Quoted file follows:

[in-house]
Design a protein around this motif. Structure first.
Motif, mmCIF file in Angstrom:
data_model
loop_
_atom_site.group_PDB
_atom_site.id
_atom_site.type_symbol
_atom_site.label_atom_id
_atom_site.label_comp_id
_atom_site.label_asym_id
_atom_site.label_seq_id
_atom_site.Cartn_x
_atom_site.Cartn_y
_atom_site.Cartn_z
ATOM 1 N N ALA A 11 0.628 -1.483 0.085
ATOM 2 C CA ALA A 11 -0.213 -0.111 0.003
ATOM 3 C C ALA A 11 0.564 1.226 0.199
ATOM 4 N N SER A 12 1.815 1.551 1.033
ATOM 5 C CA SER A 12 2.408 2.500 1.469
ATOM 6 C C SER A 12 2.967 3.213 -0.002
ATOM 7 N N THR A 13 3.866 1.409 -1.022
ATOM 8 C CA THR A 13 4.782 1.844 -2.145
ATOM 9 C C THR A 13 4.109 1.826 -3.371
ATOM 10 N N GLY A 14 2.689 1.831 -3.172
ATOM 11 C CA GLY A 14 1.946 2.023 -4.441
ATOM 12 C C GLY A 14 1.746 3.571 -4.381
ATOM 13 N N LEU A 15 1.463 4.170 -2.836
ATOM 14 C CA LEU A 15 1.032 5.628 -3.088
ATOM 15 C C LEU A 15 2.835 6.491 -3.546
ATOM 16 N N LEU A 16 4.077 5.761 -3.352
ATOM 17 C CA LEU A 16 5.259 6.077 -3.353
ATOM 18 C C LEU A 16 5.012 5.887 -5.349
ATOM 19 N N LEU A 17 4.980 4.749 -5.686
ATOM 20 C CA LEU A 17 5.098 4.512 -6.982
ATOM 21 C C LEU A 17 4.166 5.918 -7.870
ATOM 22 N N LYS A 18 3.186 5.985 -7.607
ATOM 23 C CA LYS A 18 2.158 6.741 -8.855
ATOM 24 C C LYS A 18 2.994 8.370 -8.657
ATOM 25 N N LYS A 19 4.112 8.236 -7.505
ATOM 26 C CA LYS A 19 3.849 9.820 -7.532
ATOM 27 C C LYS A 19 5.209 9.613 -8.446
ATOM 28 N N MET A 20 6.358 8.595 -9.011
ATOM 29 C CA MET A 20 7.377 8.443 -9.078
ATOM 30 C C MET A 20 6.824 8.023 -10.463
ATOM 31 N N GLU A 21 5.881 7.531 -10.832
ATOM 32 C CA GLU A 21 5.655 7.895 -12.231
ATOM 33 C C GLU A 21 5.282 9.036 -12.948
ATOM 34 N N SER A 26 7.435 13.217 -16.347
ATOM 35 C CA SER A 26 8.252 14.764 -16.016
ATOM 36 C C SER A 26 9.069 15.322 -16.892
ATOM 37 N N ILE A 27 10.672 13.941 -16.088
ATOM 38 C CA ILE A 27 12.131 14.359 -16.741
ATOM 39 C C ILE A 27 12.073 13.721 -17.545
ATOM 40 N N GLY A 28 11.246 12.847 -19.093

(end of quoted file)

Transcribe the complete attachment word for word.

[in-house]
Design a protein around this motif. Structure first.
Motif, mmCIF file in Angstrom:
data_model
loop_
_atom_site.group_PDB
_atom_site.id
_atom_site.type_symbol
_atom_site.label_atom_id
_atom_site.label_comp_id
_atom_site.label_asym_id
_atom_site.label_seq_id
_atom_site.Cartn_x
_atom_site.Cartn_y
_atom_site.Cartn_z
ATOM 1 N N ALA A 11 0.628 -1.483 0.085
ATOM 2 C CA ALA A 11 -0.213 -0.111 0.003
ATOM 3 C C ALA A 11 0.564 1.226 0.199
ATOM 4 N N SER A 12 1.815 1.551 1.033
ATOM 5 C CA SER A 12 2.408 2.500 1.469
ATOM 6 C C SER A 12 2.967 3.213 -0.002
ATOM 7 N N THR A 13 3.866 1.409 -1.022
ATOM 8 C CA THR A 13 4.782 1.844 -2.145
ATOM 9 C C THR A 13 4.109 1.826 -3.371
ATOM 10 N N GLY A 14 2.689 1.831 -3.172
ATOM 11 C CA GLY A 14 1.946 2.023 -4.441
ATOM 12 C C GLY A 14 1.746 3.571 -4.381
ATOM 13 N N LEU A 15 1.463 4.170 -2.836
ATOM 14 C CA LEU A 15 1.032 5.628 -3.088
ATOM 15 C C LEU A 15 2.835 6.491 -3.546
ATOM 16 N N LEU A 16 4.077 5.761 -3.352
ATOM 17 C CA LEU A 16 5.259 6.077 -3.353
ATOM 18 C C LEU A 16 5.012 5.887 -5.349
ATOM 19 N N LEU A 17 4.980 4.749 -5.686
ATOM 20 C CA LEU A 17 5.098 4.512 -6.982
ATOM 21 C C LEU A 17 4.166 5.918 -7.870
ATOM 22 N N LYS A 18 3.186 5.985 -7.607
ATOM 23 C CA LYS A 18 2.158 6.741 -8.855
ATOM 24 C C LYS A 18 2.994 8.370 -8.657
ATOM 25 N N LYS A 19 4.112 8.236 -7.505
ATOM 26 C CA LYS A 19 3.849 9.820 -7.532
ATOM 27 C C LYS A 19 5.209 9.613 -8.446
ATOM 28 N N MET A 20 6.358 8.595 -9.011
ATOM 29 C CA MET A 20 7.377 8.443 -9.078
ATOM 30 C C MET A 20 6.824 8.023 -10.463
ATOM 31 N N GLU A 21 5.881 7.531 -10.832
ATOM 32 C CA GLU A 21 5.655 7.895 -12.231
ATOM 33 C C GLU A 21 5.282 9.036 -12.948
ATOM 34 N N SER A 26 7.435 13.217 -16.347
ATOM 35 C CA SER A 26 8.252 14.764 -16.016
ATOM 36 C C SER A 26 9.069 15.322 -16.892
ATOM 37 N N ILE A 27 10.672 13.941 -16.088
ATOM 38 C CA ILE A 27 12.131 14.359 -16.741
ATOM 39 C C ILE A 27 12.073 13.721 -17.545
ATOM 40 N N GLY A 28 11.246 12.847 -19.093